One of the things that was quite interesting that we’ve done is that we applied some model logic to actually be able to write more traces with less Haskell. So, I would like to say, for example, hey, let’s interact with the smart contract by saying Alice deposits 10, Bob deposits 10, and – I don’t know, somebody else presses the green button and the contract does something. But I would like to apply a modification to one of these traces. So, I would like to say, that’s a trace. And now I want to actually run the contract on a different trace, which is somewhere in this original trace, change the value by one. And this would actually yield two different traces. One where Alice deposits nine and Bob deposits 10, one where Alice deposits 10 and Bob deposits nine. And then I could actually run the property on both of these traces and check that the result was what I would expect. And surprisingly, we actually found quite a few vulnerabilities with strategies like this because we could just write the expected interaction with the contract, the expected behavior. And then it was rather easy to modify that behavior into all sorts of weird branches using something aching to model logic. I wish I could have nailed down the semantics of that, but that never happened.

NV (0:28:12): But how did you enforce all this with Haskell, with Coq, with Agda? 

VCM (0:28:18): So, we were working on Cardano, and everything in Cardano is already in Haskell. So, that was super helpful because then it was – the smart contract is essentially a Haskell program. It’s written in Plutus, but it’s also a Haskell program you can actually run. And the execution environment was also provided by them, was also in Haskell. So, we were essentially testing a function of type I2S to S2O. It’s a stateful function from I2O, and the state is the state of the chain.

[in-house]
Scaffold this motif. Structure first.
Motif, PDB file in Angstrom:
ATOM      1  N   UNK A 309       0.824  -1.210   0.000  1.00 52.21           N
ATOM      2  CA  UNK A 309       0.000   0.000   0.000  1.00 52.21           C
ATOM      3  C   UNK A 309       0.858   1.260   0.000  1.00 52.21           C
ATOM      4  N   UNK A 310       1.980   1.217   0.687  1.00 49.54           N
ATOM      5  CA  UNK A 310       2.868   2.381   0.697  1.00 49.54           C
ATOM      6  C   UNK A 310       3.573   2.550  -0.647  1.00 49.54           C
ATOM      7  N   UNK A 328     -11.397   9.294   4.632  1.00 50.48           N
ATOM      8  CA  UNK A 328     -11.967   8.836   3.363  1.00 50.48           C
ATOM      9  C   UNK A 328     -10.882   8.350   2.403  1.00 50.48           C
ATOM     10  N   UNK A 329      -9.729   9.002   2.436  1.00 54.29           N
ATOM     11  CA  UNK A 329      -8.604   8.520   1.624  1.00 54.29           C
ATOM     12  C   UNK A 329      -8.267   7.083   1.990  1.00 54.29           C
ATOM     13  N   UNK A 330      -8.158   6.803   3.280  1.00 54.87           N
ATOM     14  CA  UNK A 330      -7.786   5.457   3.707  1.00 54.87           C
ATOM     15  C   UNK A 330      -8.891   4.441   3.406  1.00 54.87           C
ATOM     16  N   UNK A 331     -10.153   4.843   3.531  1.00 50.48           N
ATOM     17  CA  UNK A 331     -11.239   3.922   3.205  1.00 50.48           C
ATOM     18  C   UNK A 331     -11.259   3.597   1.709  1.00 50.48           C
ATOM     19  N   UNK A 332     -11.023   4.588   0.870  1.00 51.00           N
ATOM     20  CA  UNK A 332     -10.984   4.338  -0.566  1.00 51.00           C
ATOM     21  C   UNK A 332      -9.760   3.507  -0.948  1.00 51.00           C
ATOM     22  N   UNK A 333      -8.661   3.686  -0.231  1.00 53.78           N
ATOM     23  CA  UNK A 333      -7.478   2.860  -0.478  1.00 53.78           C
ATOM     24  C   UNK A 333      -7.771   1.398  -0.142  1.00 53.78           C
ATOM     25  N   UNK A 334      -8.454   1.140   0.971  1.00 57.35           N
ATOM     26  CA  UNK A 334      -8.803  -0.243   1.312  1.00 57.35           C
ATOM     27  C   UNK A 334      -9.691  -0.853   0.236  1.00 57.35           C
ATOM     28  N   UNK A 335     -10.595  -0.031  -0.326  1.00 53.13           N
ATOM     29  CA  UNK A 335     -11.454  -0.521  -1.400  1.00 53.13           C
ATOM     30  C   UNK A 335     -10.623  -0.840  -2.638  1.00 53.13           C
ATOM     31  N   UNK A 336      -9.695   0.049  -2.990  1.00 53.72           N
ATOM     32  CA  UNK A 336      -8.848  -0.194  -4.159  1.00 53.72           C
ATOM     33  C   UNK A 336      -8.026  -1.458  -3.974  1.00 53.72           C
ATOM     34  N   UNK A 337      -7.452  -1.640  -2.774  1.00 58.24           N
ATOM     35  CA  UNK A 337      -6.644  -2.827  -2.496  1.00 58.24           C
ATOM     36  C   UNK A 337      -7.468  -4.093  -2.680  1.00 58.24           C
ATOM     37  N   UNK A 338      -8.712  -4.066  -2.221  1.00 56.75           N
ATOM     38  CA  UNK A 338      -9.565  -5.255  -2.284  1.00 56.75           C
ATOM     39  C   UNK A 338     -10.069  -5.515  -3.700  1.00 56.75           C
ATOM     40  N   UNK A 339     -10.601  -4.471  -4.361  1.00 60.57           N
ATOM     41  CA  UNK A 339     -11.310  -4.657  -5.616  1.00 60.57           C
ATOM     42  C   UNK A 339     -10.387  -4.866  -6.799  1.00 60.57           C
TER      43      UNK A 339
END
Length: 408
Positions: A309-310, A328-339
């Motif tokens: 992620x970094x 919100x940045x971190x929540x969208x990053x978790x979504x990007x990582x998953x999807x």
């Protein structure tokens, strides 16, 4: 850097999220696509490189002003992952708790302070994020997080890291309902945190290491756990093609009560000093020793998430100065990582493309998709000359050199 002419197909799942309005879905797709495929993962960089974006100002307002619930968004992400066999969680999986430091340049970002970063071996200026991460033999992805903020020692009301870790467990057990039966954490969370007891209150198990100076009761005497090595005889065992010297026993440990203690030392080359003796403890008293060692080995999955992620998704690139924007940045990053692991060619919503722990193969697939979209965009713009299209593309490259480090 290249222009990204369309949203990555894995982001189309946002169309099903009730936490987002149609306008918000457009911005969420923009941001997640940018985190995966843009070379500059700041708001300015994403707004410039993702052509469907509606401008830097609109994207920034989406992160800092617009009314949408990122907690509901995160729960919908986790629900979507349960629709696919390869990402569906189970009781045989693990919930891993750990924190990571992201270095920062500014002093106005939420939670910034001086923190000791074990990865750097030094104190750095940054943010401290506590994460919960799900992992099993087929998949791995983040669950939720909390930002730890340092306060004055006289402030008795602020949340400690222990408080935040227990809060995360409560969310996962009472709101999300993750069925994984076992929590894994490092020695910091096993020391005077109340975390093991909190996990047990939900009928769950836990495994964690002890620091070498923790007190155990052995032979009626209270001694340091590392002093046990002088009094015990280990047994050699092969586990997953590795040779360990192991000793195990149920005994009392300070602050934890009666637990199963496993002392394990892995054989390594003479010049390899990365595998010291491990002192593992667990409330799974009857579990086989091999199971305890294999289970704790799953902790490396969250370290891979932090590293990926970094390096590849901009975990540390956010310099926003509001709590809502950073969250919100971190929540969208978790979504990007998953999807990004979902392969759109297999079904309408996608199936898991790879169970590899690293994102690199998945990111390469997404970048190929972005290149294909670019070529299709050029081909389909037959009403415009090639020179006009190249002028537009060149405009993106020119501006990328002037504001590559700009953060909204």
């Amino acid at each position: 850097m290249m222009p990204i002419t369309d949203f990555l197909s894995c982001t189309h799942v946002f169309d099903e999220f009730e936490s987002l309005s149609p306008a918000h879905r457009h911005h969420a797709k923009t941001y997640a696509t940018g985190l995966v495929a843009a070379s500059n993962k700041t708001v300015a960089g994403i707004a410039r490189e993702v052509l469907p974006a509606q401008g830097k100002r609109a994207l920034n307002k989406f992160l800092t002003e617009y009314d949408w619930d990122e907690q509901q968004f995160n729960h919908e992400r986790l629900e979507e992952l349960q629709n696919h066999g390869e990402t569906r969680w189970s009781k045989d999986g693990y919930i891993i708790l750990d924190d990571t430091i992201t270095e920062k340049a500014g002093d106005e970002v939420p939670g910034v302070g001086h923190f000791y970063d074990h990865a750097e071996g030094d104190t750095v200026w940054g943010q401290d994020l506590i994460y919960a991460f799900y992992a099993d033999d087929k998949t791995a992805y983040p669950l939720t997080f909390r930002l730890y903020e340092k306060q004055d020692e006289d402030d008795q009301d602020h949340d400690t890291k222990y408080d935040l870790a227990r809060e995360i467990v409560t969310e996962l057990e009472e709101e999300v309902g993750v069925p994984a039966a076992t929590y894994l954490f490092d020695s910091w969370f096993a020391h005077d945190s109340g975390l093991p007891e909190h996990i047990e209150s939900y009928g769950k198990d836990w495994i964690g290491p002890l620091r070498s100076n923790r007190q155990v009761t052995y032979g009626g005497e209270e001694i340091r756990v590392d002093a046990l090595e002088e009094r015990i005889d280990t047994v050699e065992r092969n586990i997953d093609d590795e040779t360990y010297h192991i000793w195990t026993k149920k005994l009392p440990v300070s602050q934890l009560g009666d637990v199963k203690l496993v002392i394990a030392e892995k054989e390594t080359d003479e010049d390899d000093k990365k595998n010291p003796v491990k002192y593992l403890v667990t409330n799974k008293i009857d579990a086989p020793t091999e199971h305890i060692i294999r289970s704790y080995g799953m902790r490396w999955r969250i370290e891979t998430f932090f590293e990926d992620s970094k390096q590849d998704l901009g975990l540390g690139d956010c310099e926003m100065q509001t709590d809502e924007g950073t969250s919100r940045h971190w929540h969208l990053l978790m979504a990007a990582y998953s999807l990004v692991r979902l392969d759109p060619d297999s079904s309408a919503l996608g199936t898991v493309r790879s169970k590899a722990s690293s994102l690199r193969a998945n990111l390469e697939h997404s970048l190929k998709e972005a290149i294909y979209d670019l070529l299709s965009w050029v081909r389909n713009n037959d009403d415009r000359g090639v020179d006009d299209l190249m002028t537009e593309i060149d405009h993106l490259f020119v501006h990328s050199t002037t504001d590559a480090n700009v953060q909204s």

JB (0:28:48): That’s why the company is called IO?

VCM (0:28:50): Good question. I have no idea. That could very well be.

NV (0:28:53): Input Output, no?

JB (0:28:54): Yes, yes. I think that’s just it. 

VCM (0:28:56): But the thing like the bird’s eye view is essentially we’re just testing a stateful function. It’s just that the state’s transitions are rather complicated because they have to beat these transactions and they have to, of course, be valid transactions for the chain to accept them, so and so forth.